It’s been already six years that I wrote the Linux-Magazin article about hacking Android for banking data “Googles Smartphone-Linux ist ein einfaches Opfer für Angreifer“, and even a little more since me and Gunnar Porada met at Cortal Consors Bank. He was presenting, I was invited as a journalist.
And the weird thing was: Cortal Consors, a big bank that in the past had specialized on trading stocks and stuff, had invited Gunnar to show us why SMS-TAN (Mobile TAN) and similar smartphone-based “Two-Factor-Auth” mechanisms are merely security theater, like every trick that includes the smartphone. Nevertheless, they said, they’d still recommend to use it, since “it is not actively being hacked”. Well, that has changed for sure in the last years. 🙁
Albeit this article is merely available in German, it’s a good read – have Google translate it. The following quote says basically that it’s less effort to hack both Windows PC and Android device (since they will be in the same Wifi sometime) than it takes to find out two devices belong together. I just realized that again, I had written about some topic that didn’t have a name then: CDT (Cross Device Tracking).
If you feel fine with Security by Obscurity, then SMS-TAN or Photo-TAN or Face recognition might be enough for you. It’s not for me.
“„Technisch ist das gar nicht so aufregend, die Angriffsmöglichkeiten sind bekannt. Das Schwierigste für den Angreifer ist eher herauszufinden, welches Handy zu einem infizierten PC gehört“, erklärt der Ex-Hacker, der gerade 100 000 Euro vom Konto eines Konzerns zu einer gemeinnützigen Organisation transferiert hat, mit gefälschten Accounts und Webseiten, auf die er den Demo-Rechner vorher per DNS-Spoofing umgeleitet hat – natürlich nur als Demo fürs Publikum.“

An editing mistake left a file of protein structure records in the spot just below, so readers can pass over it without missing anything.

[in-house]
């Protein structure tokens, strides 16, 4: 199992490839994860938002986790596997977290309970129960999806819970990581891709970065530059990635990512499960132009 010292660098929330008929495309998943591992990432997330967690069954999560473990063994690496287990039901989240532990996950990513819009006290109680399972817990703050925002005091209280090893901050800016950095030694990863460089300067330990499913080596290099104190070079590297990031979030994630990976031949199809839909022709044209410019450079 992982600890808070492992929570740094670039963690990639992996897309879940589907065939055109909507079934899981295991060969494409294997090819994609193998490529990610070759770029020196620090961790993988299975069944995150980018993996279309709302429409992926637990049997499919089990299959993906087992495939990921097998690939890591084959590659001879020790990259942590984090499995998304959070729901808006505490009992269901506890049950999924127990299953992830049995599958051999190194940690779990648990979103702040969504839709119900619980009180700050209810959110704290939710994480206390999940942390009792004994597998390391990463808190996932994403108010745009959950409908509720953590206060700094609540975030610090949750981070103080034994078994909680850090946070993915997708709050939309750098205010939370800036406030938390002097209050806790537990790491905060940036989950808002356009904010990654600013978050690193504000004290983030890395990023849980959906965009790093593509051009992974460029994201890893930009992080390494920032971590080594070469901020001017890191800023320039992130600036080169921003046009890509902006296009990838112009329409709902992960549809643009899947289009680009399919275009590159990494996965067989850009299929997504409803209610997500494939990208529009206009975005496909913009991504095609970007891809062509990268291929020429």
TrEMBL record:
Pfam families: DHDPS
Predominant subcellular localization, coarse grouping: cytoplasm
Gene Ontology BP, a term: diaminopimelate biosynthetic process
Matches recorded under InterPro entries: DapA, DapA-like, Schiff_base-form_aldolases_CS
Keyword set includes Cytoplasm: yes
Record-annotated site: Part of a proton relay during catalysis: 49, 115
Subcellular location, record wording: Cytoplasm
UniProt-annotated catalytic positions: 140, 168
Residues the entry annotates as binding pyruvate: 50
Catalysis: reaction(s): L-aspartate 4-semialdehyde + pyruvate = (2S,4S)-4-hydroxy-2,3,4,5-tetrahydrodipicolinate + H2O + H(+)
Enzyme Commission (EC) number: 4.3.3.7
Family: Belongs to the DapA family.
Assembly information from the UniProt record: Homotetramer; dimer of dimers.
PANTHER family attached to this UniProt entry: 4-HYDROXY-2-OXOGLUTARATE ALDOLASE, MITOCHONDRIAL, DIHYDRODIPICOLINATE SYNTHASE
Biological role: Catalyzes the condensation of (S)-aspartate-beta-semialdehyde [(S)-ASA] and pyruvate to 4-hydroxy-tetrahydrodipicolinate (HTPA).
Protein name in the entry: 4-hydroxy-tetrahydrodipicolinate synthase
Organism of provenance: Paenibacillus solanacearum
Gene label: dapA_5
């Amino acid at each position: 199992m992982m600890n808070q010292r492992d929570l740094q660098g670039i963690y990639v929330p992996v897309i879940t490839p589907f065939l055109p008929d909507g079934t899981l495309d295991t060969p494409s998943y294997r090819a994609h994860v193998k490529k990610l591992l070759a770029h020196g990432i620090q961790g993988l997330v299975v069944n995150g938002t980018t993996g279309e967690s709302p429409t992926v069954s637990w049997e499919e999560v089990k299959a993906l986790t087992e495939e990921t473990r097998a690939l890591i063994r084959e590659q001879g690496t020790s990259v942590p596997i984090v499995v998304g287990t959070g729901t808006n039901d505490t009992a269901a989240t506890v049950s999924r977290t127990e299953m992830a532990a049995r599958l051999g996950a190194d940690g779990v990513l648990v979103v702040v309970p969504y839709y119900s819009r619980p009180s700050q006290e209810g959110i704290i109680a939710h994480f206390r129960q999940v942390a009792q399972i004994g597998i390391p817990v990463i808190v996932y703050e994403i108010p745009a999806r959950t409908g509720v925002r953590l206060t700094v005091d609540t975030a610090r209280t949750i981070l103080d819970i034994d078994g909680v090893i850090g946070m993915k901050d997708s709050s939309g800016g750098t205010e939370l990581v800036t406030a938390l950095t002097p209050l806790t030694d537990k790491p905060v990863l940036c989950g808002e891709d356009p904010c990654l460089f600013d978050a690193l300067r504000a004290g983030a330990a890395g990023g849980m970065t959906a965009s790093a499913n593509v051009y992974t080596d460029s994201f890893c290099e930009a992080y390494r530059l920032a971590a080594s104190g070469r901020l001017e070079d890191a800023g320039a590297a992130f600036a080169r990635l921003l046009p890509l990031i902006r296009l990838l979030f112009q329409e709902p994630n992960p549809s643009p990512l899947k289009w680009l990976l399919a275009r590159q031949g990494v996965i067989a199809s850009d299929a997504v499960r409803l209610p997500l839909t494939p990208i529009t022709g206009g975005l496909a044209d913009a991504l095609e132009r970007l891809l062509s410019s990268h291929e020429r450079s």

Zeynep Tufekci: We’re building a dystopia just to make people click on ads | TED Talk
“We’re building an artificial intelligence-powered dystopia, one click at a time, says techno-sociologist Zeynep Tufekci. In an eye-opening talk, she details how the same algorithms companies like Facebook, Google and Amazon use to get you to click on ads are also used to organize your access to political and social information. And the machines aren’t even the real threat. What we need to understand is how the powerful might use AI to control us — and what we can do in response.”
Reality update: Cryptocurrency mining malware uses five-year old vulnerability to mine Monero on Linux servers | ZDNet … but hey, it is only PHP/Cacti:
“The cryptojacking campaign exploits CVE-2013-2618, an old vulnerability in Cacti’s Network Weathermap plug-in, an open source tool which is used by network administrators to visualise network activity.”
I’m still waiting for the first Linux Virus to hit the streets. Send it to me, please, if you have one. No, not the manual ones. They are boring.
Kaspersky’s ‘Slingshot’ report burned an ISIS-focused intelligence operation – CyberScoop
Hehehe: Kaspersky recently exposed US Intelligence Malware
“The U.S. government and Russian cybersecurity giant Kaspersky Lab are currently in the throes of a nasty legal fight that comes on top of a long-running feud over how the company has conducted itself with regard to U.S. intelligence-gathering operations.
A recent Kaspersky discovery may keep the feud alive for years to come.
CyberScoop has learned that Kaspersky research recently exposed an active, U.S.-led counterterrorism cyber-espionage operation. According to current and former U.S. intelligence officials, the operation was used to target ISIS and al-Qaeda members.”
(Thanks to Fefe)